I spent a good chunk of my day reading reactions on Twitter to the live stream of the event, mostly from the affirming, progressive folks. Their reaction to the conference was not good, to put it mildly. Some of the negative reaction was just as expected. After all, it shouldn't surprise anyone that the SBC still considers gay marriage outside the bounds of scripture, and that progressives disagree. However, some of the negative reaction to what was being said was legitimate, in my estimation.
Let me be clear. I rejoice that this summit is happening, and that conservative Christians are engaging in this conversation. But we aren't doing it perfectly. Here is one of the main issues where I see us conservative Christians being really silly: We need to quit freaking out about the term "gay".
Some of the speakers at the conference refused to use the term, and went to great lengths to use the terms "homosexual" and "same-sex attracted" in places where "gay" would have felt much more natural to the majority of common folk.
Seriously, the term "gay" doesn't mean what you think it means. If you asked 10 people on the street, "What does the word 'gay' mean?" 9 of them would say, "It means you are attracted to the same-sex." Thats it! It doesn't mean that you are engaged in sexual activity. It doesn't mean that you are claiming "gay" as your primary identity of who you are as a person. In my judgement, I see no problem with holding it out as a legitimate option for Christians to use in describing their sexuality.
The main issue that I always see underlying the term gay is that it is perceived to be a primary identity marker. But the thing is that even if someone simply refers to themselves as "experiencing same-sex attraction", THEY CAN STILL FIND THEIR IDENTITY IN THAT. By avoiding the term "gay", we are not automatically avoiding identity problems. What we ARE doing is unduly alienating ourselves from the conversation happening in the progressive and secular corners of our culture. We are making a mountain out of a molehill with the term gay, and it isn't helping. We should stop it.
In fact, often times I think that we as conservatives are the main people that are giving sexuality the potential to define our personhood. For example, one of the quotes from the summit was, "Sexuality doesn't have to be the defining characteristic of any of us." In response, Jeff Chu, an affirming gay Christian author, tweeted, "IT ISN'T. YOU ARE MAKING IT SO." Similarly, Brandon Ambrosino, an affirming gay journalist, wrote in one of his articles, "When it comes to my identity, I take care not to reduce myself to my sexual orientation...my gayness is not the most fundamental aspect of my identity as Brandon." These are openly affirming gay men who are saying that their sexuality is NOT their main identity. In fact, most of the gay guys I know would take issue with anyone reducing them to their orientation. Now, I am not saying that no one sees their sexuality as their main identity marker. Surely some do. But I AM saying that the label "gay" is certainly not a good indicator as to where a persons identity lies.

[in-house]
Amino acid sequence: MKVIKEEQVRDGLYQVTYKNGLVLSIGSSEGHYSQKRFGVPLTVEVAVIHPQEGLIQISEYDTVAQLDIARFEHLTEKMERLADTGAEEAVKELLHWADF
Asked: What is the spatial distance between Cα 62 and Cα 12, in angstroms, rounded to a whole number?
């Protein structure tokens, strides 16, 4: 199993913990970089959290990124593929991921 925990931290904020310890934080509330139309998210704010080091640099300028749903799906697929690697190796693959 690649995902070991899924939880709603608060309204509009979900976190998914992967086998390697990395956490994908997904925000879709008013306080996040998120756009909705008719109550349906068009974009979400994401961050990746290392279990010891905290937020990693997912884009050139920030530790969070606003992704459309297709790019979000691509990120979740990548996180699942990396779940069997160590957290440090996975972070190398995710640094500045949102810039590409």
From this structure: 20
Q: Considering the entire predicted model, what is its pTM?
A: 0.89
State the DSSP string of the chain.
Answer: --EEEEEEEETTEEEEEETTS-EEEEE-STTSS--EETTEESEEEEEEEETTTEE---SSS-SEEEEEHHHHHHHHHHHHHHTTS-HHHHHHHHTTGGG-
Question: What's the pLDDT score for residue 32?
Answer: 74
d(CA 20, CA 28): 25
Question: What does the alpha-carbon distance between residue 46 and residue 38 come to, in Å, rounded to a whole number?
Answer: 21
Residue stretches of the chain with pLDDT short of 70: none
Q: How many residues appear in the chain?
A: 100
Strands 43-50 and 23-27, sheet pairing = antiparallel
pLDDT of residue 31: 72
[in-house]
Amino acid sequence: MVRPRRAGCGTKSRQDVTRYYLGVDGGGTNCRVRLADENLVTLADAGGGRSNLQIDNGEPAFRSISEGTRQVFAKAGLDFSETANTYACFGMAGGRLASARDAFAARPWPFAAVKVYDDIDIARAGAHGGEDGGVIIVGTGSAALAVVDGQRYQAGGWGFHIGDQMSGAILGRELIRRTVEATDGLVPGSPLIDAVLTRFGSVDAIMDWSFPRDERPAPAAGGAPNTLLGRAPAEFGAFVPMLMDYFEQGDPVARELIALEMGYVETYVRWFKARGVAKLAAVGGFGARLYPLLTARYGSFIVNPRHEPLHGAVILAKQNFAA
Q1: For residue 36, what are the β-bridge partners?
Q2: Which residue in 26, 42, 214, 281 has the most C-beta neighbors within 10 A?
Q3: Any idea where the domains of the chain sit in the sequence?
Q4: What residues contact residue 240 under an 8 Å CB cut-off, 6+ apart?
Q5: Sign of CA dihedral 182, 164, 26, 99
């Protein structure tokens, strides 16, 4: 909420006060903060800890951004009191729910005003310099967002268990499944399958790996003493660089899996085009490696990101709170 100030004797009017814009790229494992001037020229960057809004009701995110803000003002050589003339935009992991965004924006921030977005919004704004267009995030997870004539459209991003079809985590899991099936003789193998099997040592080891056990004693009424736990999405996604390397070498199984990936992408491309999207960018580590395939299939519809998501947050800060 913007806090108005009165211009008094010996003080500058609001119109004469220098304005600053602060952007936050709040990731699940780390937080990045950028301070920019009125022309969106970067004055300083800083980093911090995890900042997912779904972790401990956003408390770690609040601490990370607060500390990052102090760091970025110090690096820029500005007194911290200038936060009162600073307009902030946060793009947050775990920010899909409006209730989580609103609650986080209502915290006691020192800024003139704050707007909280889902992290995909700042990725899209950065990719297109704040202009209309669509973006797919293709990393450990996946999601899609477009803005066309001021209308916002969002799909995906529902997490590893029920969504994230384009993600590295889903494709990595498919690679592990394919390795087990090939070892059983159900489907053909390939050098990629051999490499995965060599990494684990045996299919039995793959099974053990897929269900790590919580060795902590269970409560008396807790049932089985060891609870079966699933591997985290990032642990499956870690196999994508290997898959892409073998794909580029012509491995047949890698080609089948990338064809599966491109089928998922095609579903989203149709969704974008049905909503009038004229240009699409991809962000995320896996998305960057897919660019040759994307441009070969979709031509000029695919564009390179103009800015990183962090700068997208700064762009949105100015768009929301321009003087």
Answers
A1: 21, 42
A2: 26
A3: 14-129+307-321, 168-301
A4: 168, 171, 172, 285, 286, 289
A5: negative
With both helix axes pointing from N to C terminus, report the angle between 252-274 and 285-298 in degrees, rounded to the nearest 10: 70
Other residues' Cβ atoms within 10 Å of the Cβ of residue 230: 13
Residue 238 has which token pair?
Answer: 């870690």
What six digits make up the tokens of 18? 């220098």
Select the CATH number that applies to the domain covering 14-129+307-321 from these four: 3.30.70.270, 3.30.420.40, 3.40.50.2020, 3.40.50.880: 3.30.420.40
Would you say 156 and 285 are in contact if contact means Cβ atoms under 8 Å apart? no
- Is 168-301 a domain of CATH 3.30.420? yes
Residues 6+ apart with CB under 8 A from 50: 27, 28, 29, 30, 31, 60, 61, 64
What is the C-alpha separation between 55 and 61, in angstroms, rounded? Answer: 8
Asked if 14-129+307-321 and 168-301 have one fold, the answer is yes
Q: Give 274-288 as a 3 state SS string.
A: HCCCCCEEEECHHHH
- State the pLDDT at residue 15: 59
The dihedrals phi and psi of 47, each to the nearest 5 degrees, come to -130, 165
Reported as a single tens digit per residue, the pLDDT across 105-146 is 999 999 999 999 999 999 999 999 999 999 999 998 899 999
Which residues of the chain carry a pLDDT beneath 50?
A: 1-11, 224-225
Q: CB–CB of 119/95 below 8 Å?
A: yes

Furthermore, the term "experiencing same-sex attraction" is really no clearer than the term "gay". If you say "I experience SSA" to someone in our culture, they would likely respond, "So...you're gay?" You are still going to have to explain what you mean. Given the moral state of our society, they will likely still assume that you are sexually active, and that you affirm same-sex marriage...you just talk about it kind of weirdly.
The real issues are below the words. Where ARE you finding your identity? How ARE you expressing your sexual feelings? The term "gay" tells you nothing about those questions. Instead, we actually need to ask those questions and have those conversations, regardless of a chosen label. I just really wish we could move on from this debate about terminology into the heart issues happening in real people who are struggling with their sexuality.